Lock Down Blues

By Paul Timlett

Bratton Camp

I thought I’d submit this little blog about my photographic reflections following nearly two weeks (or is it two centuries) of lock down due to this hateful COVID-19 virus. I woke up this morning (there’s a song in there somewhere) at about 07:00 and these words had already formed themselves in my head whilst I was asleep.

Over The Hill

Deep In The Woods

I’ve taken photographs for as long as I can remember. So in early 2018 when I was offered early retirement by way of voluntary redundancy I leapt at the chance, although I pretended to my employer that it was a really tough decision! It gave me the chance to start a new career and to see if I could make a few bob out of photography, specifically landscape and documentary photography. I’ve spent two years bumbling along selling a few prints on the way. But crucially it meant that I had an excuse to spend most of my life tramping through the countryside taking photographs. And then COVID-19 decided to grace us with its presence.


Apparition

The Current Mrs Timlett would probably tell you I’m a glass half empty sort of bloke. Full of doom and gloom. (Some might say this is reflected in my photographs which are mostly black and white.) She knows that’s not quite true, although as I get older I’m starting to wonder. I prefer to think of myself as a cynic, especially when it comes to politicians. I’ve no idea why but I’m always suspicious of their motives. Or most of them anyway.


Arc of Light and Shade

However, when I’m out walking in the countryside I’m a different person. I feel uplifted, sometimes even elated, by nature. I like to amble along slowly and take everything in. Which drives anyone walking with me mad. I always carry a camera so when I find something interesting I may spend hours at a spot trying to capture it in the right light. To that extent I suppose I’m more of a reactive photographer. It’s not often that I make detailed plans to create a photograph. Calculating the angle of the light and monitoring weather apps for the right cloud coverage is rarely for me. I tend to look out of the window and think “ooh, this looks good”, grab my gear and venture out. Which is why so many of my photographs are taken in Wiltshire. After all I can’t just look out of the window, check the weather and pop over to the Dolomites. Which brings me to the point of this blog!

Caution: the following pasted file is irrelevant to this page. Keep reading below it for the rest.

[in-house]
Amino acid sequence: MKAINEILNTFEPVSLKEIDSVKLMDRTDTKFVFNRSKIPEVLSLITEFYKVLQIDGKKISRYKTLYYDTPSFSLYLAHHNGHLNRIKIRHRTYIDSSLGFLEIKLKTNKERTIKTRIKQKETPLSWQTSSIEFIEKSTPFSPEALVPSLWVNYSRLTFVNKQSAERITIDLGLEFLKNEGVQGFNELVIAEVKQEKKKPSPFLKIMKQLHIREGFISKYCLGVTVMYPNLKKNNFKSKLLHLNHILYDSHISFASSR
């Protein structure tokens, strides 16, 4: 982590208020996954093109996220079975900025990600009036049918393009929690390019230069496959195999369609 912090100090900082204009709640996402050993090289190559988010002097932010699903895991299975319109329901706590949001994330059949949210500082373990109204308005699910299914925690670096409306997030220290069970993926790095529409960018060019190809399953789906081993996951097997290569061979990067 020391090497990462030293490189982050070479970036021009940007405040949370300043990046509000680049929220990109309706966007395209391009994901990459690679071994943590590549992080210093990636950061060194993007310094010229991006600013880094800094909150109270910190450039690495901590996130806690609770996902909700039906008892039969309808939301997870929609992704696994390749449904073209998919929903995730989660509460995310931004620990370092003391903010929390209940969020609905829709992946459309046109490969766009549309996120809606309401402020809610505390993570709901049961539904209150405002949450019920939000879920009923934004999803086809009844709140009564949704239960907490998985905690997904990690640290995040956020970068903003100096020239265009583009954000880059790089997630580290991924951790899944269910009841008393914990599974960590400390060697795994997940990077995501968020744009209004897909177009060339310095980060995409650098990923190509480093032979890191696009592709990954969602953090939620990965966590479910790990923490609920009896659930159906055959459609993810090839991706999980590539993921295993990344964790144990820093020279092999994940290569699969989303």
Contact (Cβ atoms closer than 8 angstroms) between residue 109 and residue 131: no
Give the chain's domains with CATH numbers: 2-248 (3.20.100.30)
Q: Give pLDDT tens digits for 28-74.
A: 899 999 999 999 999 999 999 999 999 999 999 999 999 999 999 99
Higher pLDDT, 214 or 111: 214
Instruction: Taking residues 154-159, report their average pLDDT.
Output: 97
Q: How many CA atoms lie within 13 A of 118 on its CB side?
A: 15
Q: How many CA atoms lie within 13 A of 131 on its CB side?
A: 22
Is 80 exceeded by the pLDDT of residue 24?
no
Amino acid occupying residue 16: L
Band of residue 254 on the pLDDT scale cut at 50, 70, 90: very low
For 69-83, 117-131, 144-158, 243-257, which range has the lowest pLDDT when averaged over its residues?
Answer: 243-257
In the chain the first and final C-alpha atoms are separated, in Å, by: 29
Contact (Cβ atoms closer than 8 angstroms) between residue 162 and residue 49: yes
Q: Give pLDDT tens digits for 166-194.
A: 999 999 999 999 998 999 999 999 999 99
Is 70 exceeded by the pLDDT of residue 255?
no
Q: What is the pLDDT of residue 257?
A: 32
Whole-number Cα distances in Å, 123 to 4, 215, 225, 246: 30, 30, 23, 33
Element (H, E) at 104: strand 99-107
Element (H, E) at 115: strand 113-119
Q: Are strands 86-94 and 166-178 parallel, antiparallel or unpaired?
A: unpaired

Rust Never Sleeps

Clearly our movement is restricted at the moment, although I see endless debates on social media about whether we can or can’t drive somewhere for a walk. I don’t, but that’s just my interpretation of what we’ve been asked to do. So in the hour or two (sometimes a little more) that I walk I pay even more attention to shapes and the way the light falls rather than chocolate box views. It’s amazing what you can see close to home when you really look. And in that way I guess these things are hidden and to that extent can be defined as being Hidden Wiltshire.


No Rubbish

All of these photographs were taken within about a mile of my home here on Salisbury Plain. And this is just the result of 11 days of lock down. There will be more! I’ve thrown one extra image in, the first one, which was the last photograph I took before the lock down. It was taken on Bratton Camp at the end of a glorious day following the route of Glyn’s walk in the hills above Edington and Bratton.


Golden Brown

I’ve created a gallery on my website for these photographs entitled Images From My Doorstep, and a tag in my Instagram feed. When this is all over it will be interesting to see how many images I’ve captured. If you want to follow this little journey my website can be found at:

https://www.paultimlett.co.uk

and my Instagram profile is @tragicyclist

Keep safe everyone.


Desolation

Lichen and Rust

Shadows and Lines

Coppicing

All text and images copyright of Paul Timlett